The Nature of Transition Cost Economics

Article excerpt

The emergence and development of Transaction Cost Economics (henceforth TCE) and New Institutionalism, more generally, have generated considerable debate about their relation to existing traditions.(1) Within economics, TCE is broadly conceived of as being consistent with, and supportive of, the orthodox/mainstream perspective. Despite this general consensus, little progress has been made in identifying the precise nature of the ground TCE and orthodoxy share. This task is complicated by the marked substantive differences that distinguish TCE, with its stress on the analysis of governance structures, organizations, institutions, processes, and so on, from the, at least traditionally, more narrowly focused orthodoxy. At the same time, economists working within those traditions that have shown most concern for institutional issues remain suspicious of the growing prominence of TCE and its associations with orthodoxy.(2) The nature of the differences between TCE and these alternative approaches is also contested.(3)

In this paper, I wish to clarify some of the issues bearing on the relationship between TCE and competing traditions. Oliver Williamson, the leading figure in the promotion of TCE and the author upon whom I will mainly focus, identifies the willingness to "operationalize" arguments as a crucial characteristic differentiating TCE from alternative perspectives. Meanwhile, commentators variously highlight the implicit methodological individualism, the preoccupation with equilibrium analysis and efficiency outcomes, and the nature of the isolations Williamson favors as the essential factors differentiating TCE.(4) Drawing on recent contributions within economic methodology gathered under the heading of critical realism,(5) the argument of this paper develops Williamson's own assessment that the emphasis upon operationalizing arguments is an important element in any attempt to locate TCE. However, whereas Williamson perceives the stress upon operationalization as a decisive strength over competing approaches, I argue that it effectively constrains his welcome attempts to promote within economics the analysis of social institutions and the development of a richer account of human agency. In particular, accepting Tony Lawson's [1995, 1997] argument that mainstream or orthodox economics can be characterized by its insistence upon a deductivist method, I argue that the stress Williamson places upon the need to operationalize transaction cost economics is suggestive of a commitment to the same view of explanation. I show that it is the retention of this ultimately debilitating deductivist method that both ties TCE to orthodoxy and distinguishes it from certain heterodox approaches. Williamson's preoccupation with operationalizing TCE once recognized as pointing to the retention of deductivism renders intelligible many of the tensions associated with TCE.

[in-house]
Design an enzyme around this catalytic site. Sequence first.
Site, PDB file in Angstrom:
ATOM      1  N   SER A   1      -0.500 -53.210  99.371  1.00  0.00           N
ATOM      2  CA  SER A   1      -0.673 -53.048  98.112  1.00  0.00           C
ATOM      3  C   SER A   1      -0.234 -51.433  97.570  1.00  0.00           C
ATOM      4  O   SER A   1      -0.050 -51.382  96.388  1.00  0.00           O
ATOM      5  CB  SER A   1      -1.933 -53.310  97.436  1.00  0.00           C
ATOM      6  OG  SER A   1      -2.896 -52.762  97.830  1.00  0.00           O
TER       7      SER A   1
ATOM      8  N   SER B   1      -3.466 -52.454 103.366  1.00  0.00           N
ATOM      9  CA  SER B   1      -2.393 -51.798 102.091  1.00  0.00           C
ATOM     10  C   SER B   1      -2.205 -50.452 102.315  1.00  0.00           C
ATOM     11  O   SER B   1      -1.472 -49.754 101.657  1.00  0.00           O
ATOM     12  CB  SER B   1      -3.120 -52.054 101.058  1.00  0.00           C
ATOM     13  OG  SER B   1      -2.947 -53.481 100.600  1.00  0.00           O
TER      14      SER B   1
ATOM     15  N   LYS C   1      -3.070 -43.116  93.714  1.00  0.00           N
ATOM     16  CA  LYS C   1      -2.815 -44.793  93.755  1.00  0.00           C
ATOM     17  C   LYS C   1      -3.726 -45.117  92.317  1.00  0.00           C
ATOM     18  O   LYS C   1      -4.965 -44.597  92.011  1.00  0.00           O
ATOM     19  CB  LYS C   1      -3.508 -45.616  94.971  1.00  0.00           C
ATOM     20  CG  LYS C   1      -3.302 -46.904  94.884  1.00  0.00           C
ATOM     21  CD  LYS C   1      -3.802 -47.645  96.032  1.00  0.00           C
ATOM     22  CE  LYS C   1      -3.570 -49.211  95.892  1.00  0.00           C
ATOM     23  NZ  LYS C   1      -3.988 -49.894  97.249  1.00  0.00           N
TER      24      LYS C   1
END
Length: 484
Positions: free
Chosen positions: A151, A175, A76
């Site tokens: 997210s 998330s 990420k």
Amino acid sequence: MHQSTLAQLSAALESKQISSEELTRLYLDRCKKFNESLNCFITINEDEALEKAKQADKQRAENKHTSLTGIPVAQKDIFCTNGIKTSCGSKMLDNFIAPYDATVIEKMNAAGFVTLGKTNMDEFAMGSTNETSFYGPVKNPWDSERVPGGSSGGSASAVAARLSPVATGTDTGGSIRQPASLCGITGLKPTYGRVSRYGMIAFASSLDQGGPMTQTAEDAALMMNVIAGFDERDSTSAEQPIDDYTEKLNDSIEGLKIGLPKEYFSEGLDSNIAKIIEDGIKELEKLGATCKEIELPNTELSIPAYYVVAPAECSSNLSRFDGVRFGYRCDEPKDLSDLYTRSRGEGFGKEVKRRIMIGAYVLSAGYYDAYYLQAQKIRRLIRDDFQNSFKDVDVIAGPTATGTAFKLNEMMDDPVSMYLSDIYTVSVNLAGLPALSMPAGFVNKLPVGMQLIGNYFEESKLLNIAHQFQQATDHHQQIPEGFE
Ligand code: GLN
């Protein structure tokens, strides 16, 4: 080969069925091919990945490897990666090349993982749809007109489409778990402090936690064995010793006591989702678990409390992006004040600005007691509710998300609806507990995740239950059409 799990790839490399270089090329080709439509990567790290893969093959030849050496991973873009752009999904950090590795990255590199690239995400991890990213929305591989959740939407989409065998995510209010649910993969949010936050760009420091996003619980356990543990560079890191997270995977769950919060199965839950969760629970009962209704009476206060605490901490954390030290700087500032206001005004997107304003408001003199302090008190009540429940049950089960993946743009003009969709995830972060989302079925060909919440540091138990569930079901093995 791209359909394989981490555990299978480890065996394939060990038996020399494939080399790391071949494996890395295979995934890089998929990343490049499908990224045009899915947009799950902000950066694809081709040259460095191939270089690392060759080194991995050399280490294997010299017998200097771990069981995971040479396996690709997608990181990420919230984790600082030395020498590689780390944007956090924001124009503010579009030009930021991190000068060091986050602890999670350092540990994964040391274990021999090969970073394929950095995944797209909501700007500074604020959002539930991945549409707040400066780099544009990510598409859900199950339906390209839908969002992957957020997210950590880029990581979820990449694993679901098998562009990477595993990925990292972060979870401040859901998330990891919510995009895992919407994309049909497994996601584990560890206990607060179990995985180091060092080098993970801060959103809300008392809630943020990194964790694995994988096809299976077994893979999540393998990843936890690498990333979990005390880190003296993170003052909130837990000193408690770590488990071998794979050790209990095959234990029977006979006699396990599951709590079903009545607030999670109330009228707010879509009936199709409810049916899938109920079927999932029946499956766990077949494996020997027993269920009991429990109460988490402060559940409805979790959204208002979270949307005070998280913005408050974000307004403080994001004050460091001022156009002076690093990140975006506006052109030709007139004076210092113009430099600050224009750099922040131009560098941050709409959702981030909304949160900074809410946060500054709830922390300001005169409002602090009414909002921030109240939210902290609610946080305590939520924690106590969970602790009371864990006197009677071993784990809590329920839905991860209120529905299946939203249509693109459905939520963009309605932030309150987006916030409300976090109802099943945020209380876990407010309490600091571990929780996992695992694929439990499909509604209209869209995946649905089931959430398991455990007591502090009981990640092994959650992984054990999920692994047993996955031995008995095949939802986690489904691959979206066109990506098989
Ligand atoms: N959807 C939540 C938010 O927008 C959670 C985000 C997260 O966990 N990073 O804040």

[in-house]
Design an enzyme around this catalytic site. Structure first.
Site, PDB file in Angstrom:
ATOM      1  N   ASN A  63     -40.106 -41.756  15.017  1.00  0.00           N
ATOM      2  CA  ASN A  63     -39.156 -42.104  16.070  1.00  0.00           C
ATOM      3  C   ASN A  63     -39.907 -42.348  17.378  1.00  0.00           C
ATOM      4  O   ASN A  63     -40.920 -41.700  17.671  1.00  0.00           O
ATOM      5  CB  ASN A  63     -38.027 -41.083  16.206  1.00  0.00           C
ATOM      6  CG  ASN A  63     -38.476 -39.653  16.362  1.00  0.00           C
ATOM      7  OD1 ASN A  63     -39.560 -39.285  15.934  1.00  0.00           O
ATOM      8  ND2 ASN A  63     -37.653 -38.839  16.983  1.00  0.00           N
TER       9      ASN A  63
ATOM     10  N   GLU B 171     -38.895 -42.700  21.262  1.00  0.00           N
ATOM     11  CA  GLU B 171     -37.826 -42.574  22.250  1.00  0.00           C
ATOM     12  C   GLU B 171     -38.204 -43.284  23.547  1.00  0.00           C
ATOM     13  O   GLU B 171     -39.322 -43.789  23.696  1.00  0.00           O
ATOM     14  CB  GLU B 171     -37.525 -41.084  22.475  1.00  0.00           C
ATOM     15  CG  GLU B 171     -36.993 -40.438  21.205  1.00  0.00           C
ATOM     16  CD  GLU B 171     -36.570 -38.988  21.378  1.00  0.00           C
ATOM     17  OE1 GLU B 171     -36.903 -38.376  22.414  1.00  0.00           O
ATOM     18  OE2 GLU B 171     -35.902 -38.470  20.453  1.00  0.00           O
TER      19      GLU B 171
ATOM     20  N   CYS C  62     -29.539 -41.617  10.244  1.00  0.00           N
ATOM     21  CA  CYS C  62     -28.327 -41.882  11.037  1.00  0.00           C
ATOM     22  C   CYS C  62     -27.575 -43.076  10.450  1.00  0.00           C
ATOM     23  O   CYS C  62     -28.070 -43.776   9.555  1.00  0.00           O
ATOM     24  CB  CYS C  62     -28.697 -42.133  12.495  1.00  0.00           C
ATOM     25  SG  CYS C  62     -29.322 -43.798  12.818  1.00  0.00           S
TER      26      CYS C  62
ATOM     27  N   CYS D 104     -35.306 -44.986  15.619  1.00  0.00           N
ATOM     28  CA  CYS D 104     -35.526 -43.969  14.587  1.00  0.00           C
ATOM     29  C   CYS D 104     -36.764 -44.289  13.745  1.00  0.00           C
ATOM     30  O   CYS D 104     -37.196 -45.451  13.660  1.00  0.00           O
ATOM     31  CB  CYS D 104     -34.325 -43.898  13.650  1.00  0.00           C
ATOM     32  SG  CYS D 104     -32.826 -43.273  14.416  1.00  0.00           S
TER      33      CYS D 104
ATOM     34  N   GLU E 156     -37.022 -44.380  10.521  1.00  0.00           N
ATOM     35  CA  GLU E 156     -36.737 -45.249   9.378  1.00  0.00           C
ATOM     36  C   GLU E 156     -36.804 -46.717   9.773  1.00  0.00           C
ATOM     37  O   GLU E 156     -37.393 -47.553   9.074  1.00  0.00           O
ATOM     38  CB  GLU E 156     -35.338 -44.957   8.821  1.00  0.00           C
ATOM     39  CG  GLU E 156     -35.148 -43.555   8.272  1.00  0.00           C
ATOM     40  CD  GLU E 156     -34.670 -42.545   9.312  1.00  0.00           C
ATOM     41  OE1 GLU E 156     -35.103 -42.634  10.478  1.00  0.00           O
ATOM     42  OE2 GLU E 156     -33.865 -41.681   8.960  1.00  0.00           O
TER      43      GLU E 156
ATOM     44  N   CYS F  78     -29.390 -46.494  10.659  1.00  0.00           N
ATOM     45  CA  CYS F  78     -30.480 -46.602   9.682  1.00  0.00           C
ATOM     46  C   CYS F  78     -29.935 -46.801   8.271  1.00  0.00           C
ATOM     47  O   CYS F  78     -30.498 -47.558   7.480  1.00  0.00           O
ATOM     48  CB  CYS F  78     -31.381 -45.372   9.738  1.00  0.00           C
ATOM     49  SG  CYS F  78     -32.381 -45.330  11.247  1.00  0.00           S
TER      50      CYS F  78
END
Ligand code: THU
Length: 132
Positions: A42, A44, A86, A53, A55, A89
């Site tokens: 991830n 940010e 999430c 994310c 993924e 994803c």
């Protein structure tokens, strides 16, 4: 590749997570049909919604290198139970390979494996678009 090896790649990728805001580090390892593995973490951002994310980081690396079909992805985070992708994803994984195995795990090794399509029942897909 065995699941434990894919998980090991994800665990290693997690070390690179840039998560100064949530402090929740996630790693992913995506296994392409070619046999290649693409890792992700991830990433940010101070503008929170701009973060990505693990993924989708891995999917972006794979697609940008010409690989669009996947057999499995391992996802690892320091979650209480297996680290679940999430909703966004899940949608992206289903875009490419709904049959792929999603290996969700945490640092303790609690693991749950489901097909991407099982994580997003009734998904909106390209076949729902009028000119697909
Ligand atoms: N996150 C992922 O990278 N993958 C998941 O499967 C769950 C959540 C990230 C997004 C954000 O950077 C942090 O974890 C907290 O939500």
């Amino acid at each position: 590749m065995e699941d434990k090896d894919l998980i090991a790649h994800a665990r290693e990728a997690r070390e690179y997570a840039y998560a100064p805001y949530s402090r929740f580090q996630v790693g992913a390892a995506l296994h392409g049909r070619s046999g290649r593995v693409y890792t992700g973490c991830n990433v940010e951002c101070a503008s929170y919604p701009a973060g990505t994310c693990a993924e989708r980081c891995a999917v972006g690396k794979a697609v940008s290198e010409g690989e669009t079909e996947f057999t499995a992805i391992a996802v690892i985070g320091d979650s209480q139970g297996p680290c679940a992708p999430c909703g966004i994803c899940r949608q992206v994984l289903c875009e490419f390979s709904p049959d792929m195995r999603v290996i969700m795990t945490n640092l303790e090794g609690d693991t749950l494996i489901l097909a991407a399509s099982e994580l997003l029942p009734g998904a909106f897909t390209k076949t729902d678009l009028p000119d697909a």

Transactions Cost Economics and Competing Traditions

Williamson has been particularly eager to differentiate TCE from Old Institutionalist perspectives. Typically, in distancing himself from the Old Institutionalists, he emphasizes the sensitivity of TCE authors regarding the need to operationalize arguments and suggests that this stands in stark contrast to the failure of the Old Institutionalists to add operational content to the insights they provide. Williamson then, although not entirely dismissive of the contributions of the Old Institutionalists, notes:

The New Institutional Economics turns on two propositions: institutions (1) matter and (2) are susceptible to analysis . . . Both the older and newer approaches to institutional economics are in agreement on the first of these. Where they differ is with respect to the second. Thus whereas the older institutional economics made little effort to operationalize the argument that institutions matter, the New Institutional Economics insists that reconceptualisation and operationalization proceed in tandem. …